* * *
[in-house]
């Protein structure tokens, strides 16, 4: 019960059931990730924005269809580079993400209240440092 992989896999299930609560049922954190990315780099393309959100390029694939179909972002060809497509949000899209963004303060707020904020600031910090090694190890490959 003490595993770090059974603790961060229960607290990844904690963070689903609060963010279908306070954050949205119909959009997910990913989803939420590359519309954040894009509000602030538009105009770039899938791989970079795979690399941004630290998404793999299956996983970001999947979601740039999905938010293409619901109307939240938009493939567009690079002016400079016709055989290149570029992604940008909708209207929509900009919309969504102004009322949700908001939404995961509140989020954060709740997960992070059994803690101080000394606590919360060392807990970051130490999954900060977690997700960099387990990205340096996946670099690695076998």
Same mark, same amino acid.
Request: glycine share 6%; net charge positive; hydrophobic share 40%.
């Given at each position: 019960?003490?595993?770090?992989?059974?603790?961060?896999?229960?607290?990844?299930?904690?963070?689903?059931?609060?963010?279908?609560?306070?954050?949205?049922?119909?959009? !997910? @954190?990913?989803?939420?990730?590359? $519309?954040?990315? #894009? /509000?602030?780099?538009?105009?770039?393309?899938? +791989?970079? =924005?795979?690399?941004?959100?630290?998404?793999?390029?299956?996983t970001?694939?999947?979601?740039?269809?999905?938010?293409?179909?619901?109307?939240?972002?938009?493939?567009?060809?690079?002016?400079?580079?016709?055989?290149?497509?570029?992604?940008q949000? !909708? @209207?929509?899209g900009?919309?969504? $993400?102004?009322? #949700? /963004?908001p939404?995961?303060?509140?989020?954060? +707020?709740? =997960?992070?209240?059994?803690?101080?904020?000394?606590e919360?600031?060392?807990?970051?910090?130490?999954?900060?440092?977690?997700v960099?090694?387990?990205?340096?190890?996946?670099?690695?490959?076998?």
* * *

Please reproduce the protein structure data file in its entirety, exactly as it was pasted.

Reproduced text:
[in-house]
């Protein structure tokens, strides 16, 4: 019960059931990730924005269809580079993400209240440092 992989896999299930609560049922954190990315780099393309959100390029694939179909972002060809497509949000899209963004303060707020904020600031910090090694190890490959 003490595993770090059974603790961060229960607290990844904690963070689903609060963010279908306070954050949205119909959009997910990913989803939420590359519309954040894009509000602030538009105009770039899938791989970079795979690399941004630290998404793999299956996983970001999947979601740039999905938010293409619901109307939240938009493939567009690079002016400079016709055989290149570029992604940008909708209207929509900009919309969504102004009322949700908001939404995961509140989020954060709740997960992070059994803690101080000394606590919360060392807990970051130490999954900060977690997700960099387990990205340096996946670099690695076998």
Same mark, same amino acid.
Request: glycine share 6%; net charge positive; hydrophobic share 40%.
């Given at each position: 019960?003490?595993?770090?992989?059974?603790?961060?896999?229960?607290?990844?299930?904690?963070?689903?059931?609060?963010?279908?609560?306070?954050?949205?049922?119909?959009? !997910? @954190?990913?989803?939420?990730?590359? $519309?954040?990315? #894009? /509000?602030?780099?538009?105009?770039?393309?899938? +791989?970079? =924005?795979?690399?941004?959100?630290?998404?793999?390029?299956?996983t970001?694939?999947?979601?740039?269809?999905?938010?293409?179909?619901?109307?939240?972002?938009?493939?567009?060809?690079?002016?400079?580079?016709?055989?290149?497509?570029?992604?940008q949000? !909708? @209207?929509?899209g900009?919309?969504? $993400?102004?009322? #949700? /963004?908001p939404?995961?303060?509140?989020?954060? +707020?709740? =997960?992070?209240?059994?803690?101080?904020?000394?606590e919360?600031?060392?807990?970051?910090?130490?999954?900060?440092?977690?997700v960099?090694?387990?990205?340096?190890?996946?670099?690695?490959?076998?």